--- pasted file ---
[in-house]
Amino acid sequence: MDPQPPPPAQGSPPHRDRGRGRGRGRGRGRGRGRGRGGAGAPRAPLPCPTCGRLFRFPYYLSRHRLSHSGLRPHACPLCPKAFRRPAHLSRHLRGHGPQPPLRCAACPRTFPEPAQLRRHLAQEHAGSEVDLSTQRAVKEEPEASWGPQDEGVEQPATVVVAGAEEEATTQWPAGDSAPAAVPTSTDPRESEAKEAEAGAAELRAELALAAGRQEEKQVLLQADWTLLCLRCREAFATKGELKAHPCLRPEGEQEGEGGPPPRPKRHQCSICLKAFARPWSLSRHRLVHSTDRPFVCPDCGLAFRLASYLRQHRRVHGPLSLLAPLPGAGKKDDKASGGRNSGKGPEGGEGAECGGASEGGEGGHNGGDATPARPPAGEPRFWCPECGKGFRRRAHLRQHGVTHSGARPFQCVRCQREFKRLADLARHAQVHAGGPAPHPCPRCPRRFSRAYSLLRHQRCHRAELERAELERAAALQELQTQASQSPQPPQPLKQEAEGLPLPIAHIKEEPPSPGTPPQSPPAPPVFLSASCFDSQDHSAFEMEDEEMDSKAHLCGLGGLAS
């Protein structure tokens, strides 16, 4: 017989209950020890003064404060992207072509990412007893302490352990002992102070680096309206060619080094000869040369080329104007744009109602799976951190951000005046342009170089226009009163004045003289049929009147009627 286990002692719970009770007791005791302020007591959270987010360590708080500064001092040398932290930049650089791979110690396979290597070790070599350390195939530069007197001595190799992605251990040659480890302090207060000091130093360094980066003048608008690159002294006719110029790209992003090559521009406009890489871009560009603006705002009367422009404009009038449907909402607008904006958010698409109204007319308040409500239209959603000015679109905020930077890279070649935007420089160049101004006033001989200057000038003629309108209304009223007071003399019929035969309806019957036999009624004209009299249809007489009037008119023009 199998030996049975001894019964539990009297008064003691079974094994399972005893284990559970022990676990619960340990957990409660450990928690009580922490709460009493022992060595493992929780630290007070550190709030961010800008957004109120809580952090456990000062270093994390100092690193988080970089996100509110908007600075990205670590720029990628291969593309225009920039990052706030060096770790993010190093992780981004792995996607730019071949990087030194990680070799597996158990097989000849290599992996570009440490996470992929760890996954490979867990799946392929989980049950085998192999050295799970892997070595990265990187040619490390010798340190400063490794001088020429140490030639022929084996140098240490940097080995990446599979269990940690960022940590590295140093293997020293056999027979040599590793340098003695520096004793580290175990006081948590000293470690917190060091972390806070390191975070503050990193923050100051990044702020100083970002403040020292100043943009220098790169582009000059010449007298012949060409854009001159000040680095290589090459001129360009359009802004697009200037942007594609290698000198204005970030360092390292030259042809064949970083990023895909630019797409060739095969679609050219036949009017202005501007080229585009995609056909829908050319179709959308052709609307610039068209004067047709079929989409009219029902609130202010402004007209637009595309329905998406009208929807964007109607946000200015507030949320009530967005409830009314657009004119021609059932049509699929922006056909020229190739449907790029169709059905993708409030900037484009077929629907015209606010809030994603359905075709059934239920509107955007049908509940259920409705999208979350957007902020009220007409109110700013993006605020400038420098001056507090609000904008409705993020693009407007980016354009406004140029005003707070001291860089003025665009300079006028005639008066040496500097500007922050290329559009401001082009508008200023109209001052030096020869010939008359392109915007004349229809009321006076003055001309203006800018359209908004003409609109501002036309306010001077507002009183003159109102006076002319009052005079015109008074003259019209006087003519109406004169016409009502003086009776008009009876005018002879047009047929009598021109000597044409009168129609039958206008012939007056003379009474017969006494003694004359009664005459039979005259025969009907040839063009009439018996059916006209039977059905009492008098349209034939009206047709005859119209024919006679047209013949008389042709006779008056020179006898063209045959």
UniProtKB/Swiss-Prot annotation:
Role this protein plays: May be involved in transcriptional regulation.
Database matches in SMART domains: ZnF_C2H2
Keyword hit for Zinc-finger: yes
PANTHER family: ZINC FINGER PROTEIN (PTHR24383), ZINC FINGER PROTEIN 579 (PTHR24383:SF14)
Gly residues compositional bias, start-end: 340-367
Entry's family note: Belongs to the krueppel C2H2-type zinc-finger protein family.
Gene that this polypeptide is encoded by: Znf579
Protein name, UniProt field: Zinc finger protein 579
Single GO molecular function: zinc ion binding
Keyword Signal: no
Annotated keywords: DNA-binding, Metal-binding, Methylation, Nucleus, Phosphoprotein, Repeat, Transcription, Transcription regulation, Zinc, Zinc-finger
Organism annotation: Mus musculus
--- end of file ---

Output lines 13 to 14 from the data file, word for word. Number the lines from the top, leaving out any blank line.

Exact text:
Single GO molecular function: zinc ion binding
Keyword Signal: no